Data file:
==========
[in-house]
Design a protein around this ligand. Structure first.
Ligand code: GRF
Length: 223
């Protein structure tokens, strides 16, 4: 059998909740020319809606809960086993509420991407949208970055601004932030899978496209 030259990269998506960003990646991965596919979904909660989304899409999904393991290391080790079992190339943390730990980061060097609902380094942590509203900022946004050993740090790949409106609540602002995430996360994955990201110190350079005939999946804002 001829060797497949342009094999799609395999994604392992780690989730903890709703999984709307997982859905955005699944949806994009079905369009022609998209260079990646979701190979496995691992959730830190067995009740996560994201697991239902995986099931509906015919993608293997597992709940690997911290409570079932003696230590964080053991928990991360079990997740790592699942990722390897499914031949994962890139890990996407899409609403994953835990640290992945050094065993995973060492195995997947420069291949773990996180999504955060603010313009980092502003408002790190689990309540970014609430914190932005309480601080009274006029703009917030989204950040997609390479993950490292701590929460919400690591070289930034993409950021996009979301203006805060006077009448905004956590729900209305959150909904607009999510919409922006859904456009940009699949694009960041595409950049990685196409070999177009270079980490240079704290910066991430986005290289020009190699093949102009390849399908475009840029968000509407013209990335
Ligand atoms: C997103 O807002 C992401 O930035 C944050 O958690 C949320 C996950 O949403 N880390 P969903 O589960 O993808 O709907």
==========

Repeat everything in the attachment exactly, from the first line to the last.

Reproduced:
[in-house]
Design a protein around this ligand. Structure first.
Ligand code: GRF
Length: 223
């Protein structure tokens, strides 16, 4: 059998909740020319809606809960086993509420991407949208970055601004932030899978496209 030259990269998506960003990646991965596919979904909660989304899409999904393991290391080790079992190339943390730990980061060097609902380094942590509203900022946004050993740090790949409106609540602002995430996360994955990201110190350079005939999946804002 001829060797497949342009094999799609395999994604392992780690989730903890709703999984709307997982859905955005699944949806994009079905369009022609998209260079990646979701190979496995691992959730830190067995009740996560994201697991239902995986099931509906015919993608293997597992709940690997911290409570079932003696230590964080053991928990991360079990997740790592699942990722390897499914031949994962890139890990996407899409609403994953835990640290992945050094065993995973060492195995997947420069291949773990996180999504955060603010313009980092502003408002790190689990309540970014609430914190932005309480601080009274006029703009917030989204950040997609390479993950490292701590929460919400690591070289930034993409950021996009979301203006805060006077009448905004956590729900209305959150909904607009999510919409922006859904456009940009699949694009960041595409950049990685196409070999177009270079980490240079704290910066991430986005290289020009190699093949102009390849399908475009840029968000509407013209990335
Ligand atoms: C997103 O807002 C992401 O930035 C944050 O958690 C949320 C996950 O949403 N880390 P969903 O589960 O993808 O709907």